Waiting times at Southampton NHS Treatment Centre

First appointment From appointment to treatment*
7 weeks 4 weeks
*The actual time you wait for surgery at Southampton NHS Treatment Centre will depend on many factors, including whether further diagnostics or tests are required, patient choice and how quickly the NHS will approve the funding for your treatment. Nevertheless the vast majority will be in the range detailed above.

Please note: waiting times displayed are indicative and can change on a daily basis.


You have the right to choose where you have your NHS treatment.

At Southampton NHS Treatment Centre we offer free NHS treatments to all patients. You are not required to pay if you are an NHS patient and have been referred for treatment by your GP.

We also offer an affordable self pay option for patients who do not have health insurance, or have been told they are ineligible for NHS treatment.

Click here for more information about self pay


Extraction of multiple teeth

Multiple teeth are usually extracted from a patient if they have extensive and severe periodontal disease. Having them removed at the same time is often the best option to minimise stress on the patient and to save time.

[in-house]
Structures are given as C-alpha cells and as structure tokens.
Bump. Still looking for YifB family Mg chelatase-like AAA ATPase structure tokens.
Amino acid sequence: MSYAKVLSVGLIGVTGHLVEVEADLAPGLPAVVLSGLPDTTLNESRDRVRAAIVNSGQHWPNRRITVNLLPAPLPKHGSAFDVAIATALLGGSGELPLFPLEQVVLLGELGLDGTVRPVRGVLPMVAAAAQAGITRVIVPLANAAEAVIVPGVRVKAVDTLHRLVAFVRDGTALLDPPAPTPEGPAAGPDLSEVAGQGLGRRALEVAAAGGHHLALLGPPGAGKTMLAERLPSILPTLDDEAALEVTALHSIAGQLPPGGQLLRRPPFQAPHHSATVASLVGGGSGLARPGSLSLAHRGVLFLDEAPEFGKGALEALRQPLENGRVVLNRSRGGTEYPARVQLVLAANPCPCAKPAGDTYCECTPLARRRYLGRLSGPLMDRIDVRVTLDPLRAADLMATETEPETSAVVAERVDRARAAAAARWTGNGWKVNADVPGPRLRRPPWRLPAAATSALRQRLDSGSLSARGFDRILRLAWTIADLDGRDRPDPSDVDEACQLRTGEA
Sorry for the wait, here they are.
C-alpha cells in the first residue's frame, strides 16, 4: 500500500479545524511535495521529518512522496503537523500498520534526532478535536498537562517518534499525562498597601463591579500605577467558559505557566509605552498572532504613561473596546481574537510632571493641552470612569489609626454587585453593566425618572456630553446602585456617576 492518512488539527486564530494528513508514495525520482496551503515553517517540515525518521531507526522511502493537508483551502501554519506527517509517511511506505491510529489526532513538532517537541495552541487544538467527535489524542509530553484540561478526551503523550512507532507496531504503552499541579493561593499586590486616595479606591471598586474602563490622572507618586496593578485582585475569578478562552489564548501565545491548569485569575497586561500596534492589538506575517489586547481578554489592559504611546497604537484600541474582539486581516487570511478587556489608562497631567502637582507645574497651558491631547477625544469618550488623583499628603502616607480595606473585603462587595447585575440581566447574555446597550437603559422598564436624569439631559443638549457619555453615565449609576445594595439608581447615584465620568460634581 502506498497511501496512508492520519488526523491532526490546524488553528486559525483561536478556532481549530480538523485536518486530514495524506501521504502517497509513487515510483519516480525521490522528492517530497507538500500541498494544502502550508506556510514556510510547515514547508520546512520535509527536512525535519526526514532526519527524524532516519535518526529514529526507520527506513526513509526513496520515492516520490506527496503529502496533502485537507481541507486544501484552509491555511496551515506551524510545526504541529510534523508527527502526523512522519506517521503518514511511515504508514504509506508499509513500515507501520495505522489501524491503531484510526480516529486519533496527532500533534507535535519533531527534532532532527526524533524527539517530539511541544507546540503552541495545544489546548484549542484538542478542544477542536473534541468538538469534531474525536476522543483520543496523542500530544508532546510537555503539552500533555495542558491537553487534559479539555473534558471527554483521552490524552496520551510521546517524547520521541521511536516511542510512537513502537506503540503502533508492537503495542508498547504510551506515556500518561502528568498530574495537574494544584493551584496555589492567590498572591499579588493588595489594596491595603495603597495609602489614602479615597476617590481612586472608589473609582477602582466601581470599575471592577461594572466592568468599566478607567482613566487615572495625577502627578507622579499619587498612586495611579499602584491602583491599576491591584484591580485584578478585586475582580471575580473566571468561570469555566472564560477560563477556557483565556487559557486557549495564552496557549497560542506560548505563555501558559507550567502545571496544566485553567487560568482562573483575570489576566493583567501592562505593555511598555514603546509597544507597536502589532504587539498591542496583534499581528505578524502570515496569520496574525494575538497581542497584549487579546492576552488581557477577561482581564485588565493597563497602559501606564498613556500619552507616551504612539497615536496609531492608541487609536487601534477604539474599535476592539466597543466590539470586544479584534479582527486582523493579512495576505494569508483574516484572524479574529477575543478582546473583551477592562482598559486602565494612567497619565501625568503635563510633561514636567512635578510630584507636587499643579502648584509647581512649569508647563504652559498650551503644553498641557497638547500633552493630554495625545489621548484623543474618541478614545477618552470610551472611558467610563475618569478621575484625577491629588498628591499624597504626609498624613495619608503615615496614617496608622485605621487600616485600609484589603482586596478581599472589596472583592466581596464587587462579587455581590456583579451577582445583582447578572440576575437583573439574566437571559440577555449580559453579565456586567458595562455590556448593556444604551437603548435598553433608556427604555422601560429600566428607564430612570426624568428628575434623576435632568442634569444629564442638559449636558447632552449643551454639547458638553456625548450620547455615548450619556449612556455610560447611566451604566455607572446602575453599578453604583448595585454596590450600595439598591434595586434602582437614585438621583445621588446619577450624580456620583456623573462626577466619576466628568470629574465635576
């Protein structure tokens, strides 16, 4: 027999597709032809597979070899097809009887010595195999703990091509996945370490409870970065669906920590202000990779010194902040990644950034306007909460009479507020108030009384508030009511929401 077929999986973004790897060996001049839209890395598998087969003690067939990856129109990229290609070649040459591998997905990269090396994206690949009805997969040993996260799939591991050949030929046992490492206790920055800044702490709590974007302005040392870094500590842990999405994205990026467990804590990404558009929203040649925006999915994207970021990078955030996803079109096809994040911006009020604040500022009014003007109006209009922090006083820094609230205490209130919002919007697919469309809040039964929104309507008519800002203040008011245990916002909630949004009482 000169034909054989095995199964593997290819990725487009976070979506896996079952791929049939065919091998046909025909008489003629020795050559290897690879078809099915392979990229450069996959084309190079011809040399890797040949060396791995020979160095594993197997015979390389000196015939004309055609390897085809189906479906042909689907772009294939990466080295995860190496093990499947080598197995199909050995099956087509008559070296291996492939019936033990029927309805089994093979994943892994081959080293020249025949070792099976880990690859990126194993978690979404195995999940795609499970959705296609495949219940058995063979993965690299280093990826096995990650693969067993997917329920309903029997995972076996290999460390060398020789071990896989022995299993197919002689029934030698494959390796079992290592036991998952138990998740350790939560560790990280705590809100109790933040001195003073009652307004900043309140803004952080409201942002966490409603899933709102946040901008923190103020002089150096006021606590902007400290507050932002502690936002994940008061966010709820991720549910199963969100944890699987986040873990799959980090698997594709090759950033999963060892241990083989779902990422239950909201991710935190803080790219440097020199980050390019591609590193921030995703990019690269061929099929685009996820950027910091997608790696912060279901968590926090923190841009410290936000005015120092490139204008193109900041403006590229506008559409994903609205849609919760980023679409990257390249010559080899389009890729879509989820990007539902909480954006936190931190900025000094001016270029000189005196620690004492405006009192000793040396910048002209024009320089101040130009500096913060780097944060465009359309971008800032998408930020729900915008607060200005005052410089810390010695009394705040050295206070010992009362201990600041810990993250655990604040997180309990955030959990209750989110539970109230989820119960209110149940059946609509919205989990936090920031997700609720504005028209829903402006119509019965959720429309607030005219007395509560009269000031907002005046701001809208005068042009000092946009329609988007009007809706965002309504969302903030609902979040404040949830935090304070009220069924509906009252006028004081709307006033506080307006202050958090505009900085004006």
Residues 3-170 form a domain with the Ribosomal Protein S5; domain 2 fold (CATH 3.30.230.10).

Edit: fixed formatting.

Full dental clearance

This is the procedure of removing and replacing all of a person’s teeth, perhaps as a result of periodontal disease or abscessed teeth. This can make a big improvement to a person’s oral and general health.

Lower dental clearance

This is the removal and replacement of all of a person’s natural teeth in their lower jaw.

Surgical removal of impacted tooth

If a tooth fails to emerge, or only partially emerges, it is considered to be impacted. As this can lead to the misalignment of the bite, and possible trapping of debris – and therefore gum inflammation – these are often surgically removed. An incision is made in the gum and the tooth is removed with any bone that is in the way.

Surgical removal of impacted wisdom tooth

Wisdom teeth are the most common teeth to become stuck, or impacted, in the gum tissue or bone. An incision is made in the gum, and the tooth, plus any bone, is removed. The incision is then sutured up.

Surgical removal of retained root

Retained root remains in the jaw after tooth extraction and is sometimes used as a support to overdentures. If it is causing pain, it may be removed via surgery to ease pain and prevent infection.

Surgical removal of tooth

Teeth can be removed from the mouth for a number of reasons, including tooth decay, cosmetic reasons, trauma or impaction. This is done under local anaesthetic and sometimes under general anaesthetic.

Upper dental clearance

This is the removal and replacement of all of a person’s natural teeth in their upper jaw.

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Please note: this form does not start the referral process – ask your GP to refer you to us if this is your choice. This form can be used to enquire about being referred to us or request further information about a treatment.